Against all the odds, this small movie became a box-office smash, and won Oscars for best movie, best actor, best director, and best screenplay. The only travesty was that Betsy Blair didn’t win the Oscar for best supporting actress—her performance in the movie was brilliant, perfectly managing to show Clara’s complex mix of emotions. I’ve seen the movie many times, and never tire of it.


Last Week’s Trivia Contest

Last week’s contest had questions all had to do with corn. Our winner was Jamie Garrett (Administrative Assistant to the President at SPSU). Others with all five correct included Julie Parkman, Deborah Molnar, Alan Gabrielli, Anna Sorensen, Rhonda Rodriguez, Ron Woods, Rosemary Phillips, Renee Campbell, Carmela Young, Christine Becker, Chelsea Chase, Jennifer McDonald, William Fassinger, Rajiv Narula, Kelly Carter, and Ronald O’Neill. Here are the correct answers:

  1. A stale joke is said to be this.  Corny.
  2. Nebraska.  The cornhusker state.
  3. General MacArthur used one to smoke. A corncob pipe.
  4. Short story by Stephen King, it became a pretty so-so movie in 1984 and an even lousier one in 2009. Children of the Corn.
  5. Horn of plenty.  Cornucopia.


This Week’s Trivia Challenge

The weather in Canton has been beautiful and sunny, so every answer has to do with the word “sun”. As usual, the first with the most takes the prize.  No looking up the answers now!  SEND ALL ENTRIES BY EMAIL TO since if you put them as a response on the BLOG, everyone will be able to see them!

  1. You get this if you stay out on the beach too long.
  2. Major purveyor of orange soda.
  3. Florida’s nickname.
  4. A little further north, it’s known as Petro-Canada.
  5. Great Bill Withers song about an absent love, from 1971—It hit #3 on the US singles charts. His biggest hit was “Lean on Me”.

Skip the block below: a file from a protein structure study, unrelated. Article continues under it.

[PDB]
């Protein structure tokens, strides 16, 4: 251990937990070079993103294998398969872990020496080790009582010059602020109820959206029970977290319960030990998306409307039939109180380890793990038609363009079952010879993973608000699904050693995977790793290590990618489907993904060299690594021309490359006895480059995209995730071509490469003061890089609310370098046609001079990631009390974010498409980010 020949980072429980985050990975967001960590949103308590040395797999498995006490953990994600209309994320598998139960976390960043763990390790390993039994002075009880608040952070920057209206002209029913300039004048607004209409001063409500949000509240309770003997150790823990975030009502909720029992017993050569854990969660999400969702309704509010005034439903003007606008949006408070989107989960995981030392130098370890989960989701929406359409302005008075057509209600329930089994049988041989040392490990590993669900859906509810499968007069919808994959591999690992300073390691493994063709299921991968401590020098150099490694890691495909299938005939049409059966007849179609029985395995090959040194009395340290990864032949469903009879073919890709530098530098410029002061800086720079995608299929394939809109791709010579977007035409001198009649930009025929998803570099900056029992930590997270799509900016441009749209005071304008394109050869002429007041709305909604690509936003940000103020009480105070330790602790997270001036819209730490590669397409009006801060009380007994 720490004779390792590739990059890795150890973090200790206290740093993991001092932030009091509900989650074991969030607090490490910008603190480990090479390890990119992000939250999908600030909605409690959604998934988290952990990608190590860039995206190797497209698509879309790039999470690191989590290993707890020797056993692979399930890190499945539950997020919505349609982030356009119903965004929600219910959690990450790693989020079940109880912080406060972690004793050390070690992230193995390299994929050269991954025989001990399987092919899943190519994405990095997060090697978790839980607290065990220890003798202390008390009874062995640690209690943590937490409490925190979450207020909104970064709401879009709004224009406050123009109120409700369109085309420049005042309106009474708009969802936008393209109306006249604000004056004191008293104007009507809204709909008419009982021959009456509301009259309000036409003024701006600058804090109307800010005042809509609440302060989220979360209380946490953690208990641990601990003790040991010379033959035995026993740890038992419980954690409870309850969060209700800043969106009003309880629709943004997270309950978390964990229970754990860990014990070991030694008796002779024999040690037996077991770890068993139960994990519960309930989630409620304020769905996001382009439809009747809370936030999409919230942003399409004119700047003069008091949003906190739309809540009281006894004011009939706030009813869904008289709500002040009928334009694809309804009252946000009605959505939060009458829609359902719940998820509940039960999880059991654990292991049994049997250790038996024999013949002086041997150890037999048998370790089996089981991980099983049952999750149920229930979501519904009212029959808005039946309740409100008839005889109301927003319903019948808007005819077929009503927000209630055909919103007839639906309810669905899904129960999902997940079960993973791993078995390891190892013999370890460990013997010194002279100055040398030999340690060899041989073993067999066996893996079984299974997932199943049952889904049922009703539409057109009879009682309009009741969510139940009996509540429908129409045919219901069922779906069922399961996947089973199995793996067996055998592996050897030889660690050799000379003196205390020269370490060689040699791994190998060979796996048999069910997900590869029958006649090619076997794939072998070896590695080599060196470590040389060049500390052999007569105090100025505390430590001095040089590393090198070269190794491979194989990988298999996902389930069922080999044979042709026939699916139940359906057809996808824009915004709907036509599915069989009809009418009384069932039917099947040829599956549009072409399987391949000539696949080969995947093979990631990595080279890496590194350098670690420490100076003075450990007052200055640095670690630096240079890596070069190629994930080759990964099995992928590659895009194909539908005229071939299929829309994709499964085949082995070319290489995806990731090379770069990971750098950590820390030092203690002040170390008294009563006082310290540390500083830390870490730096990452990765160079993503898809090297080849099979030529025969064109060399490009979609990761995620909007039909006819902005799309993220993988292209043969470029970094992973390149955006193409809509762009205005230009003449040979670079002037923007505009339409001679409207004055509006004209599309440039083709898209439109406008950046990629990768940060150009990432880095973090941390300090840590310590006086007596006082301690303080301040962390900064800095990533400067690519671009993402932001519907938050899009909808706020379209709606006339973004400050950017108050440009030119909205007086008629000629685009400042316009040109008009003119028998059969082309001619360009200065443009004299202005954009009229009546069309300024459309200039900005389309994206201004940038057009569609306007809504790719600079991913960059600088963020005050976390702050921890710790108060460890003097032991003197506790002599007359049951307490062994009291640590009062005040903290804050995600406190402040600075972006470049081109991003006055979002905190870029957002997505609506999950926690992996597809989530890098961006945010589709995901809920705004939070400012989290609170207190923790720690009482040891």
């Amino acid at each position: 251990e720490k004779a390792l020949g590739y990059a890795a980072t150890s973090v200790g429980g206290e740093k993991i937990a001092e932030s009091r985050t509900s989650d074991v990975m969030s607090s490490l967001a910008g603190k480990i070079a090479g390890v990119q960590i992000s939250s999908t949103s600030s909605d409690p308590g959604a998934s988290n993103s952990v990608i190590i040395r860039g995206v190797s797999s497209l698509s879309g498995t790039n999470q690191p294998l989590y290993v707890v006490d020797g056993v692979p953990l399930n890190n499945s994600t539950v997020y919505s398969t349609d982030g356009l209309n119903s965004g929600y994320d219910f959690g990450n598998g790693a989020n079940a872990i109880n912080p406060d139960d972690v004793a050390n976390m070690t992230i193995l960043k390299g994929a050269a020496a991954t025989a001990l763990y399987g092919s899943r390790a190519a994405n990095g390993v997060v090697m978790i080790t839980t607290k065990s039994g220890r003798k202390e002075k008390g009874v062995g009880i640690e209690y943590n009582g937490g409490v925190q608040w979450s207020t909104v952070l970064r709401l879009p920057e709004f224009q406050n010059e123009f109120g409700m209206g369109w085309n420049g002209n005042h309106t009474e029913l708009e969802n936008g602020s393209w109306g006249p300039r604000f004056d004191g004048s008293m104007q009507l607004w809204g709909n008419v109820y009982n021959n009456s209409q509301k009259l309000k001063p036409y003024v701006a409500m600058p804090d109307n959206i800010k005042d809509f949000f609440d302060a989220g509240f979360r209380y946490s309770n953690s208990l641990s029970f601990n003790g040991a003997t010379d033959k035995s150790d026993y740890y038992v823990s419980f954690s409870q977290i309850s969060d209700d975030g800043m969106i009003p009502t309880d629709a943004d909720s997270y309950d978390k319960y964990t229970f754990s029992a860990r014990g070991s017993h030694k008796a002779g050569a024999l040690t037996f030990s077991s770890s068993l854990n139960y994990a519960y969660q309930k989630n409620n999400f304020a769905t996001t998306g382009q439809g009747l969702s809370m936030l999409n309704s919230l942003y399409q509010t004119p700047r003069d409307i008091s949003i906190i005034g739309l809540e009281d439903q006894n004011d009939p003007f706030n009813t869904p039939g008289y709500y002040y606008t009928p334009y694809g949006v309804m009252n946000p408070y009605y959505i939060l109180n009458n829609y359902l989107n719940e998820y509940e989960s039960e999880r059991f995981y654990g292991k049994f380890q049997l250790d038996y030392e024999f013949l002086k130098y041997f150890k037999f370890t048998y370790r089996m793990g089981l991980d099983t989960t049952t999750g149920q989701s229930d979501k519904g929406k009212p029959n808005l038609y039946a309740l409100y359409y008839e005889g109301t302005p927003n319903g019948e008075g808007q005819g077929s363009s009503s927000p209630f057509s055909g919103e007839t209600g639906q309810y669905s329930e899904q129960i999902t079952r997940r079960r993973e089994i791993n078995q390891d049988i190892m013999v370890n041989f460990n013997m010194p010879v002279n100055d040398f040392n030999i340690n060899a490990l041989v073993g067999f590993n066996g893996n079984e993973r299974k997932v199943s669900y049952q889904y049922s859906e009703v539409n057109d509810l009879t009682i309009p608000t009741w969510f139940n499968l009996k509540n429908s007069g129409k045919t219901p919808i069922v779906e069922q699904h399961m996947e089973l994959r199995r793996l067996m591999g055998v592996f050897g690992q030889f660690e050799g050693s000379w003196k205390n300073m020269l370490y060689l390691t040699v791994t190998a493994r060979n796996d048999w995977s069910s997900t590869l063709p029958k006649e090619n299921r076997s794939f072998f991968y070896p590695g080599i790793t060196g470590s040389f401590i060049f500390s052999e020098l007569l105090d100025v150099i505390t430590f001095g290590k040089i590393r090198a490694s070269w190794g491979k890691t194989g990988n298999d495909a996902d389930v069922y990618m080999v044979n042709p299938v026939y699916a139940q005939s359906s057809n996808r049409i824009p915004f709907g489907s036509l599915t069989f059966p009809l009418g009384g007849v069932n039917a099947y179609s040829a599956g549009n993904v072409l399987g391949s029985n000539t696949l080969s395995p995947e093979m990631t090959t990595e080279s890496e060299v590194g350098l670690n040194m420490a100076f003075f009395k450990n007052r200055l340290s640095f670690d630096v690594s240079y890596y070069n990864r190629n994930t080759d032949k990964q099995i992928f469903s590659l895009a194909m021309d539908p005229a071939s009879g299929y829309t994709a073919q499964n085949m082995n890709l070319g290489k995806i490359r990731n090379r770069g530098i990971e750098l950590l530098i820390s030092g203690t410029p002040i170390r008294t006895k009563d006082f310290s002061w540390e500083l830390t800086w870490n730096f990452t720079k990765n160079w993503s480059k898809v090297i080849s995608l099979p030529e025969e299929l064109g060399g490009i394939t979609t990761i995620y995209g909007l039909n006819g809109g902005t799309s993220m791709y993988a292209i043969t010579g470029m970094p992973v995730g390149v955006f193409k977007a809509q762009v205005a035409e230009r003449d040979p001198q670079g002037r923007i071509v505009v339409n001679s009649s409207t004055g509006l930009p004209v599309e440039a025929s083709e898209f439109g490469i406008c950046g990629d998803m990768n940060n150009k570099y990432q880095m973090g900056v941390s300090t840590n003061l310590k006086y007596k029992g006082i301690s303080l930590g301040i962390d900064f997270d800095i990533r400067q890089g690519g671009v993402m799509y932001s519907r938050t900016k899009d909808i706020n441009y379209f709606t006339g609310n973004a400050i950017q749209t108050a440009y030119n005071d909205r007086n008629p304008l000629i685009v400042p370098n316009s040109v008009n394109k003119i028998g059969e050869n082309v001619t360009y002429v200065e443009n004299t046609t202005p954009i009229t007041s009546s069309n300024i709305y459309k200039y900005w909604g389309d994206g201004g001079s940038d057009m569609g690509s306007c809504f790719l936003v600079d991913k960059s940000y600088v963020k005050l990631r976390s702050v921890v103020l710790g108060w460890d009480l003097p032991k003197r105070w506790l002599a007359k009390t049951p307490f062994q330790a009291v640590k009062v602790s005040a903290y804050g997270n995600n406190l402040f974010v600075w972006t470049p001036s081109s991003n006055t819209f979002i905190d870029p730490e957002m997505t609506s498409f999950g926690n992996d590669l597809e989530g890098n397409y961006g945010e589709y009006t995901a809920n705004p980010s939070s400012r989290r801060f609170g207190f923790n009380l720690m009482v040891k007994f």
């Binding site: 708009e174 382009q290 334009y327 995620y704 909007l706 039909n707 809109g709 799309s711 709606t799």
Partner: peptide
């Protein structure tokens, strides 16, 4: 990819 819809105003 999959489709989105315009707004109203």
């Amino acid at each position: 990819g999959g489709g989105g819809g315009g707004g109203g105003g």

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August 18, 2014


Volume 9, Issue 7 – August 18, 2014


On the Road Again

Most of this past week was spent on the road. Here are some highlights:


Albany to visit SUNY Central

On Monday afternoon, I flew from Ogdensburg to Albany on Cape Air. Ogdensburg is the smallest airport I’ve ever been to—it’s a small square building with a single counter, a single gate, and a single runway. They do the security check a few minutes before the flight and the passengers go on the plane, which is a little six-seater. If there’s a seventh passenger, he or she has to sit next to the pilot in the copilot’s seat. The flight lasted an hour and provided beautiful views of the Adirondack Mountains. The landing was as smooth as silk. Everything was fine, except I had to wait 40 minutes to get my luggage—it seems they only had one or two people working for the airline, and they had to service their other flights (to Massena and to Boston) before they brought the luggage out. I’m told by regular fliers that the delay was quite unusual for them.

photo 1

photo 2I took a taxi to my hotel, the Holiday Inn Express, very close to SUNY Central. After checking in, I asked if there was a good Indian restaurant nearby, and the hotel shuttle took me to one on Lark Street. Lark Street is Albany’s “hip” location, with lots of interesting restaurants and clubs. The restaurant, Jewel of India, was quite good, with a nice variety of food that they spice to whatever level you like. I had Samosas as an appetizer, followed by Chicken Korma and Aloo Ghobi. All were excellent, and I was truly stuffed at the end.

Tuesday was taken up by meetings with various SUNY Central staff. They are all housed in a beautiful building that formerly was the headquarters of the Delaware and Hudson Railroad, the line that goes from Albany to Montreal. The building looks like a larger version of something at Oxford University, and is quite impressive. There are a lot of good people down SUNY Central, some of which I met during the interview process. It was a pleasure to see Elizabeth Bringsjord (Interim Provost) and Bob Kraushaar (Associate Provost and Associate Vice Chancellor for Faculty and Professional Development) again and to meet so many new people. All were extremely helpful and kind, offering useful advice on how to move forward with some of the degree programs we wish to add, and information about all sorts of good things, including SUNY’s international programs, OPEN SUNY, retention issues, financial aid, legal issues, and fiscal issues. Regarding the latter, the good news is that they confirmed what we already knew: we are in solid financial shape. The SUNY Central staff also frequently mentioned their counterparts at Canton, and it was great to hear the high praise they had for our administration.